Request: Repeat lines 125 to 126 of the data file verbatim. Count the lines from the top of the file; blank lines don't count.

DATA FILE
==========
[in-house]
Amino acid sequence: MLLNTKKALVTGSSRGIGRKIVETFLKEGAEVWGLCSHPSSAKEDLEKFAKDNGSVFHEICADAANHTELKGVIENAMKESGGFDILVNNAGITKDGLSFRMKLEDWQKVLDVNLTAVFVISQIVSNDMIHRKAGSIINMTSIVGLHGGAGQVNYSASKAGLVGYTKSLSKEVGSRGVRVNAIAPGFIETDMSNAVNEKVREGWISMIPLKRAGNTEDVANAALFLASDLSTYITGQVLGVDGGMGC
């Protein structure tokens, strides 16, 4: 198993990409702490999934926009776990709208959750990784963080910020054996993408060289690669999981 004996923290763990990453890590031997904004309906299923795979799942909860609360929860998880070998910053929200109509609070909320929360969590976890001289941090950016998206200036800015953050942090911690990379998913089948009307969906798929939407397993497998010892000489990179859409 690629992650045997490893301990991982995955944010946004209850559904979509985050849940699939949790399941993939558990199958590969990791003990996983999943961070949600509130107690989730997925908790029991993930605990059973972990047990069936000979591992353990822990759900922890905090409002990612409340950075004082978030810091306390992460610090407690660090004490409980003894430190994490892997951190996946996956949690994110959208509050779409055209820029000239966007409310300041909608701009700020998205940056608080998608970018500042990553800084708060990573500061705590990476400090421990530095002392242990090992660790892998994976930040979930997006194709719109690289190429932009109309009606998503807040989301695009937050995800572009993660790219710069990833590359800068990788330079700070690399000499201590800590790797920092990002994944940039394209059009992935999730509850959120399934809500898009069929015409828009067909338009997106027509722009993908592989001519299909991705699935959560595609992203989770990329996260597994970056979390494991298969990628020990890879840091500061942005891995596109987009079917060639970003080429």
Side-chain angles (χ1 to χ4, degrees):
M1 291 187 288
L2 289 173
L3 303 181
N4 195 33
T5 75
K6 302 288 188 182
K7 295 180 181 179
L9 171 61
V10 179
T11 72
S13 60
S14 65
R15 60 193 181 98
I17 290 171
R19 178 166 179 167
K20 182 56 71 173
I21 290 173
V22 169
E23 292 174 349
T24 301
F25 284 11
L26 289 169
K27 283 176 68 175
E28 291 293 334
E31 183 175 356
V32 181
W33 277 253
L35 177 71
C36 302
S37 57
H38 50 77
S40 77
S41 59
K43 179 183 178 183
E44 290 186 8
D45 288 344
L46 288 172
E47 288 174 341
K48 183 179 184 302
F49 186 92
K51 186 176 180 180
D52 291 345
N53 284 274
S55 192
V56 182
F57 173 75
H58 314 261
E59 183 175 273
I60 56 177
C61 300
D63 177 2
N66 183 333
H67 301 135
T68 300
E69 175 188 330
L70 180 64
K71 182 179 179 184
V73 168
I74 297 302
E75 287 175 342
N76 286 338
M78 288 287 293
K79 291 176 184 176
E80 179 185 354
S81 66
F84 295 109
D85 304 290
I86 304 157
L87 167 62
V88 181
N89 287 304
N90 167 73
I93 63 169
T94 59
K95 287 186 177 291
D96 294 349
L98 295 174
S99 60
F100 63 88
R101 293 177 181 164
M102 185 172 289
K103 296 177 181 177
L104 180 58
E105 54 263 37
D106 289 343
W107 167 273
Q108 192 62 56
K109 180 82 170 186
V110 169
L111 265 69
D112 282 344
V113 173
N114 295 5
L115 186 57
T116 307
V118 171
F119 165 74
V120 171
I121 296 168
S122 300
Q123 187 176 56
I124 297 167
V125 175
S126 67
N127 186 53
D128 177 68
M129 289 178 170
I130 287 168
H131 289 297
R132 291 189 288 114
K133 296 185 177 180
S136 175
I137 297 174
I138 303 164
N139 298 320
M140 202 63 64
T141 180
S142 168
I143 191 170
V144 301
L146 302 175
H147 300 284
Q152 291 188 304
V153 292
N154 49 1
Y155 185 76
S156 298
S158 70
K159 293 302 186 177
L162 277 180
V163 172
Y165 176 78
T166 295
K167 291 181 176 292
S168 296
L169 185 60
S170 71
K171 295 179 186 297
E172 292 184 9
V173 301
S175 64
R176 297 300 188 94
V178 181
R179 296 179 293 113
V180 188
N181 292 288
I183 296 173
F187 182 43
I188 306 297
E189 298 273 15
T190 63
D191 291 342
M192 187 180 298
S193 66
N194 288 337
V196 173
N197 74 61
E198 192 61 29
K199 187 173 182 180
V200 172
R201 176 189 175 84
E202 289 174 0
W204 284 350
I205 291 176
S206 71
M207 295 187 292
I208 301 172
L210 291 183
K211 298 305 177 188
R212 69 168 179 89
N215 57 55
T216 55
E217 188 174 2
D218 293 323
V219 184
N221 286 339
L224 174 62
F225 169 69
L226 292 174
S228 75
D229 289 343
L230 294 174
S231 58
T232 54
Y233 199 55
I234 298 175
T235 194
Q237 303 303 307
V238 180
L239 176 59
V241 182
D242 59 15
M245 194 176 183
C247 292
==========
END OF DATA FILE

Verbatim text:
L146 302 175
H147 300 284